from Wiktionary, Creative Commons Attribution/Share-Alike License

  • n. An area of mud, possibly submerged, near the edge of a body of water.


from Wiktionary, Creative Commons Attribution/Share-Alike License

mud +‎ bank


  • Consider every molecule of air to be a mudbank in itself.


  • Then, as we travel more slowly through a shallow stretch of marsh, an alligator languidly lifts its body from its perch on a mudbank and slinks slowly into the water.

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  • And yet, I feel that the tide turned on that mudbank; at least, after a long nightmare, I can say that there followed a period of comparative calm, for me, in which I was able to recruit my tattered nerves, and take stock, and start planning how to get the devil out of this Indian pickle and back to England and safety.


  • I remember taking a turn at the rudder, and splashing and straining in the water when we grounded on a mudbank in the dark.


  • "Up, up, sir, for Christ's sake!" and he was half-dragging me through the slime towards the safety of a tangled mass of creeper on top of a mudbank.


  • On a mudbank a hundred yards ahead and to my right, shapes were moving - long, brown, hideously scaly dragons waddling down to the water at frightening speed, plashing into the shallows and then gliding out inexorably to head us off, their half-submerged snouts rippling the surface.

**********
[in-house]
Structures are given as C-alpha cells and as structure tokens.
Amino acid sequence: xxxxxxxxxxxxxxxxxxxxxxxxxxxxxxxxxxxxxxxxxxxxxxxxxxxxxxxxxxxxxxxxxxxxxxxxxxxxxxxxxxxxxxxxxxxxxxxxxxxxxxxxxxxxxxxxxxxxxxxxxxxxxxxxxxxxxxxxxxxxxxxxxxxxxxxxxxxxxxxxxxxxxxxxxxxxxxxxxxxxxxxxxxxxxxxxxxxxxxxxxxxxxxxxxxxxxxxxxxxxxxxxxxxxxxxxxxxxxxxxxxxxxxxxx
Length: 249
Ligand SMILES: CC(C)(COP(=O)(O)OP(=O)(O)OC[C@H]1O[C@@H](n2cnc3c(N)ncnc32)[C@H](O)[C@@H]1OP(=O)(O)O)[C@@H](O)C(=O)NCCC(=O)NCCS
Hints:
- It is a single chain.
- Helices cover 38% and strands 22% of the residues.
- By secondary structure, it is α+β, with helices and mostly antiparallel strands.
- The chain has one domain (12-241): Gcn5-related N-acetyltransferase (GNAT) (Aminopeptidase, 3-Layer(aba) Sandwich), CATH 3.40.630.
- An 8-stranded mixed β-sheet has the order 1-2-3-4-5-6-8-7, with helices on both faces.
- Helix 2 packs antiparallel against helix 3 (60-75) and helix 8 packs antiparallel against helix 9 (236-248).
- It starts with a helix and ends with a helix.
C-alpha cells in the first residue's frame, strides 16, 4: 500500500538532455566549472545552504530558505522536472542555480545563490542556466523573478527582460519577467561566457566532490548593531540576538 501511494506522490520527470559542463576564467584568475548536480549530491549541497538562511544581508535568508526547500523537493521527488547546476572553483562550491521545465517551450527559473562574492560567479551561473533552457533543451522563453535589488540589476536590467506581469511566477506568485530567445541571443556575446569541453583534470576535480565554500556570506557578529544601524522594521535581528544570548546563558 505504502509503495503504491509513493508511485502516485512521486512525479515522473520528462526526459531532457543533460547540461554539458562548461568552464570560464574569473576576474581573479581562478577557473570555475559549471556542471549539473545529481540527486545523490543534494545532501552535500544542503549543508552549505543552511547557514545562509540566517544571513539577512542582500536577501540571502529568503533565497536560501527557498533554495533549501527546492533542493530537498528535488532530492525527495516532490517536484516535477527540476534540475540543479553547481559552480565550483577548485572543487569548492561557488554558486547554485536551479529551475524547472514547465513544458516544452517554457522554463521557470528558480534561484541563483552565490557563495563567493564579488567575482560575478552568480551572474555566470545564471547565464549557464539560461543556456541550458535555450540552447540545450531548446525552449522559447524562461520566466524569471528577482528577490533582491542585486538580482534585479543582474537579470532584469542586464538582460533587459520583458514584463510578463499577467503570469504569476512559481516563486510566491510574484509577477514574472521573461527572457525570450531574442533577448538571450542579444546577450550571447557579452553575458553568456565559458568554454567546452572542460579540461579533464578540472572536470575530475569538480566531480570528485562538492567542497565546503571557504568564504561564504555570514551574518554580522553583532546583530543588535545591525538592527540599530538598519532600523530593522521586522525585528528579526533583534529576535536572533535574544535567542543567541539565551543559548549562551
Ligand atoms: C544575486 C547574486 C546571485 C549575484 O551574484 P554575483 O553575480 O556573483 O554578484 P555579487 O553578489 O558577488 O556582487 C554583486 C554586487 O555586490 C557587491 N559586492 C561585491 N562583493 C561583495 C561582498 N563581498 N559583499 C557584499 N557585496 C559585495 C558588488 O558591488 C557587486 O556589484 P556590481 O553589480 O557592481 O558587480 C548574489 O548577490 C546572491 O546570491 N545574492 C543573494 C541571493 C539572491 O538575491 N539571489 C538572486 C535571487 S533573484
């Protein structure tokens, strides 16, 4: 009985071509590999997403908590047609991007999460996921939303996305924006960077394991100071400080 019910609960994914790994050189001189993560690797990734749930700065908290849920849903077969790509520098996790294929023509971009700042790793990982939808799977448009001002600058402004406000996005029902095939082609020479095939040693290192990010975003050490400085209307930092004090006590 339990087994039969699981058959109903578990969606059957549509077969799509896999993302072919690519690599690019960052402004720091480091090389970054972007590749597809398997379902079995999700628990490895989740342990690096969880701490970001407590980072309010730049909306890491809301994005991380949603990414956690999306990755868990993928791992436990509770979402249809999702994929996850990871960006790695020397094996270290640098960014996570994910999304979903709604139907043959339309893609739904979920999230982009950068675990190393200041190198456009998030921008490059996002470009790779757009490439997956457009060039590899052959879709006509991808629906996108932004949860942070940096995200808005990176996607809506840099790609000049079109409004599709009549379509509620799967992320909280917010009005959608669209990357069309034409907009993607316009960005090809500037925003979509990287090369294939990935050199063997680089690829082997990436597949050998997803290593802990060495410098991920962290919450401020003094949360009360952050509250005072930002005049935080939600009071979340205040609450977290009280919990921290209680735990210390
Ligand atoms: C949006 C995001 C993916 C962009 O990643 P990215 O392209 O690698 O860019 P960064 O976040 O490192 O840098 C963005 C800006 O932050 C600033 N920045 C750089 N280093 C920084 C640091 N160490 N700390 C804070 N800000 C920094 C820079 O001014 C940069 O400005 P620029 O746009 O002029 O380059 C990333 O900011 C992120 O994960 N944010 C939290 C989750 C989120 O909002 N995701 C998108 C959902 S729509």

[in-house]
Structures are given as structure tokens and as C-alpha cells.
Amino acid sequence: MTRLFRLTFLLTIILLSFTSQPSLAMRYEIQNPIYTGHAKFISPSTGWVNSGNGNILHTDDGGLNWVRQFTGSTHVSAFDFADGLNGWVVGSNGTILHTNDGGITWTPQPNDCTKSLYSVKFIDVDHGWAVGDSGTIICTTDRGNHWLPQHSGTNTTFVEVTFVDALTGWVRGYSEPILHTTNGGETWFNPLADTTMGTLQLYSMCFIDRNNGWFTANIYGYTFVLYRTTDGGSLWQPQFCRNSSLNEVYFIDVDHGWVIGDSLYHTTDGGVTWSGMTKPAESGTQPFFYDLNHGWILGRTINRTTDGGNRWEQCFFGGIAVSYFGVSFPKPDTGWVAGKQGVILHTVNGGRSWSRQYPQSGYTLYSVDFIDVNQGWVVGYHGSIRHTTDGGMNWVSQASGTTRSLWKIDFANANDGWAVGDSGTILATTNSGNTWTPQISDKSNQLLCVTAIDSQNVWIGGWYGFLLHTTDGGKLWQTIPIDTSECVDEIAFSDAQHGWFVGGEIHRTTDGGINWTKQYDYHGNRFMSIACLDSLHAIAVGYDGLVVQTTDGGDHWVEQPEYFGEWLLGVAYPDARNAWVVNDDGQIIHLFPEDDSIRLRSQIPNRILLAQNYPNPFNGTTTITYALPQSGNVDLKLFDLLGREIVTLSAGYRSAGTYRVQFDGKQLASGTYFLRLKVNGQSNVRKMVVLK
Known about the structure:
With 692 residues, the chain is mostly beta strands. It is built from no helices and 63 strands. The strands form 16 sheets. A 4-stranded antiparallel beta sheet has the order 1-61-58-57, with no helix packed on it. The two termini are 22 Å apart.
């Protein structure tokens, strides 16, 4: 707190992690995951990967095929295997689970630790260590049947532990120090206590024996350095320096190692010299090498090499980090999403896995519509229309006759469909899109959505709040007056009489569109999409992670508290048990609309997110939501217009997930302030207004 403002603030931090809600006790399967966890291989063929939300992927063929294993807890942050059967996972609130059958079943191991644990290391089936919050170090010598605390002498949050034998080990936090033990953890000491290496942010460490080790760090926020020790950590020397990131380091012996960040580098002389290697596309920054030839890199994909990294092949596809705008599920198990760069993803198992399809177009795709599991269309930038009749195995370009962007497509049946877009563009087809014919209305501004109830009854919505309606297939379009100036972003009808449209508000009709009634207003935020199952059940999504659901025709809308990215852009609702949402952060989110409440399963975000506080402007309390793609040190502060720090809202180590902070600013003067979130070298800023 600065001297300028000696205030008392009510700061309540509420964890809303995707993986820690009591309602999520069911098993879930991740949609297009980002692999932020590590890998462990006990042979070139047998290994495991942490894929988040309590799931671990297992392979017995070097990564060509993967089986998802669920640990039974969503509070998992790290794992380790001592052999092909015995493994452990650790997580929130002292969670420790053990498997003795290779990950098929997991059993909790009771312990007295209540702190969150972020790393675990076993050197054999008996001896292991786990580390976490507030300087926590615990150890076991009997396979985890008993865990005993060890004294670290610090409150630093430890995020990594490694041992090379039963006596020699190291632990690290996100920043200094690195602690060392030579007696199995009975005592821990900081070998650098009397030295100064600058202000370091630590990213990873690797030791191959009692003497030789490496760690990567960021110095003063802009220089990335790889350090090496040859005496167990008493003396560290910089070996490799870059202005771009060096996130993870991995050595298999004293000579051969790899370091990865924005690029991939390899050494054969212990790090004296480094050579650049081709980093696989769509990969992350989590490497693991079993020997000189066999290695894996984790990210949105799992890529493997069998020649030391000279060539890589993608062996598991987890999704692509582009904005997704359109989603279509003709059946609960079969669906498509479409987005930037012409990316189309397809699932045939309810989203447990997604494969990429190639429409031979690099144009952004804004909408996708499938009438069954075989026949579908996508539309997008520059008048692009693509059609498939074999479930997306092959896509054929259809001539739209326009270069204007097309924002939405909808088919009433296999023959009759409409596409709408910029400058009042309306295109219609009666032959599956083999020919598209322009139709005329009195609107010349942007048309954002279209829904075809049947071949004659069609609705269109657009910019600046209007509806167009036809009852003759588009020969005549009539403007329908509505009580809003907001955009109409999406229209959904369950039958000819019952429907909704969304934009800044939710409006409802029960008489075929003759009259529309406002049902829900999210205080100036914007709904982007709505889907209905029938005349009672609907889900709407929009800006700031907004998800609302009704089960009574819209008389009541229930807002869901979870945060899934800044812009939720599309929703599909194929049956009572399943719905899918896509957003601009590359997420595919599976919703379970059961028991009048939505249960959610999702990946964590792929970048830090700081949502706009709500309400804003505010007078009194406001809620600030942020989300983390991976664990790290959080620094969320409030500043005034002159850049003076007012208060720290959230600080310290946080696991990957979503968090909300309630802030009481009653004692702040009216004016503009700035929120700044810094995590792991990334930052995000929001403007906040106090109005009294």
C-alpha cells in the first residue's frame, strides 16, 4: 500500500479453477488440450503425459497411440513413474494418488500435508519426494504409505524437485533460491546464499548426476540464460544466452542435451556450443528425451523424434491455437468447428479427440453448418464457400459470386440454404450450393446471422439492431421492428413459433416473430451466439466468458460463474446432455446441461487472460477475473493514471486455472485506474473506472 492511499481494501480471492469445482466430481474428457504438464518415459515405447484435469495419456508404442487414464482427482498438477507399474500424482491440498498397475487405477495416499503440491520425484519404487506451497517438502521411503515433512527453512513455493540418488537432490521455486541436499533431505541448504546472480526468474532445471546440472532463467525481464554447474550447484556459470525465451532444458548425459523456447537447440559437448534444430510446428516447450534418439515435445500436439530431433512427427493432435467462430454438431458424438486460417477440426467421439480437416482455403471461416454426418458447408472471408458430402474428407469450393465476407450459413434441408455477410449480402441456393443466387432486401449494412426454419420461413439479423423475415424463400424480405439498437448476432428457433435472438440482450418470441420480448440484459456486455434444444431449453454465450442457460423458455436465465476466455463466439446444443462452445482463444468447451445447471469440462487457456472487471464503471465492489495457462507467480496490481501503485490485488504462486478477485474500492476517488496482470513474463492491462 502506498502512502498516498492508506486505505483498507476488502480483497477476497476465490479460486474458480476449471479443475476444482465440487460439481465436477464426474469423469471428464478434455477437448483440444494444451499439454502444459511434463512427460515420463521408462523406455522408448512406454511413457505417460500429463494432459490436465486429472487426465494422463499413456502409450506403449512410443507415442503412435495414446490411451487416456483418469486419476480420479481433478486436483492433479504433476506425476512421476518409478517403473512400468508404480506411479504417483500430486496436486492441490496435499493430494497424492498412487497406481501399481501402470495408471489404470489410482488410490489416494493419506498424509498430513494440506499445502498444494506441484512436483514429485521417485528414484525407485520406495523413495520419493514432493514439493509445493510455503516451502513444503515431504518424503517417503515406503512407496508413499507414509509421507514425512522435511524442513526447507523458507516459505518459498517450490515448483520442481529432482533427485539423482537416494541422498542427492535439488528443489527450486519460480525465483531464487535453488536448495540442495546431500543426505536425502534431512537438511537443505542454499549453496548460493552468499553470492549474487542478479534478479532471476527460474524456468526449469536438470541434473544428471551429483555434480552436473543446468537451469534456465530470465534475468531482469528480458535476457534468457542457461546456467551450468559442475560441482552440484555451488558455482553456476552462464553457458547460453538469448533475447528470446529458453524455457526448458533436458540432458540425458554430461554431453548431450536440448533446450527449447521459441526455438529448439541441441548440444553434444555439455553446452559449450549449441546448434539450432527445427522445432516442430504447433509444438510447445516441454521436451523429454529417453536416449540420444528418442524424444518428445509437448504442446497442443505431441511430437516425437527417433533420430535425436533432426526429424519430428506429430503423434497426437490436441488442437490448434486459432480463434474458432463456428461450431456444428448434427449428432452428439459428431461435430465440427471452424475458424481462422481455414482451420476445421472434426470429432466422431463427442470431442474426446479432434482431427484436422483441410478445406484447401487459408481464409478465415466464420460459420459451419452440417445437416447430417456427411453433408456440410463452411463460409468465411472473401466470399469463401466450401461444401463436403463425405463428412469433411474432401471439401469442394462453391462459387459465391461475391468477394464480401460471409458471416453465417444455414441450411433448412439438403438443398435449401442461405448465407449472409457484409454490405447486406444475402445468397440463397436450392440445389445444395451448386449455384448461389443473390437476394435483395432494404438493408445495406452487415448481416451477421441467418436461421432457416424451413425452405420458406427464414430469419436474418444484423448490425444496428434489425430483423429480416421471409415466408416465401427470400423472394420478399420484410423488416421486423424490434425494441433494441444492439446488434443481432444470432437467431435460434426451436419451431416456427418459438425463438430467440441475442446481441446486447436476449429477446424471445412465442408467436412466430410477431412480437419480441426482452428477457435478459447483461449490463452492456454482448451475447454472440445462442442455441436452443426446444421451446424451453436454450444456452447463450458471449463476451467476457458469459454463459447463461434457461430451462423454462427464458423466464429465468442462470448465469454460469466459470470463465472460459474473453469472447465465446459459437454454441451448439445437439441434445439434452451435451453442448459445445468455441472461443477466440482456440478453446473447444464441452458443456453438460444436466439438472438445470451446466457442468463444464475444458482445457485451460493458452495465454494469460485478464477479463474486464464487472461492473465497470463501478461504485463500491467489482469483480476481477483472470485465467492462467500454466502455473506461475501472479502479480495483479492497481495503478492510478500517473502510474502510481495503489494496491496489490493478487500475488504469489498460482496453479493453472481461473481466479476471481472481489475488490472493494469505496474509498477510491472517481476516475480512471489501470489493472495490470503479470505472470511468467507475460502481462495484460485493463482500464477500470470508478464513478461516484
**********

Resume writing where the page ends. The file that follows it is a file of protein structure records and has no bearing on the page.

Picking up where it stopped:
• The mudbank was empty - there was the great groove where the barge had been, but the brown stretch of water was unbroken to the wall of green on its far side; of the barge there wasn't a sign.


  • It had been the foulest luck to run into those wild men in the jungle, and the infernal muggers - but if they hadn't chased us, we mightn't have fetched up on a mudbank under the walls of one of those petty Indian rulers who stayed loyal to the Sirkar.


  • And sculpted into the opposing mudbank was a similar shape ...

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  • And it takes just a little thing-a drift of wood smoke, a certain sunset, the taste of maple syrup on a pancake, or a few words of Apache spoken unexpected-and I can see the wagons creaking down to the Arkansas crossing, and the piano stuck fast on a mudbank, with everyone laughing while Susie played "Banjo on my knee" ...



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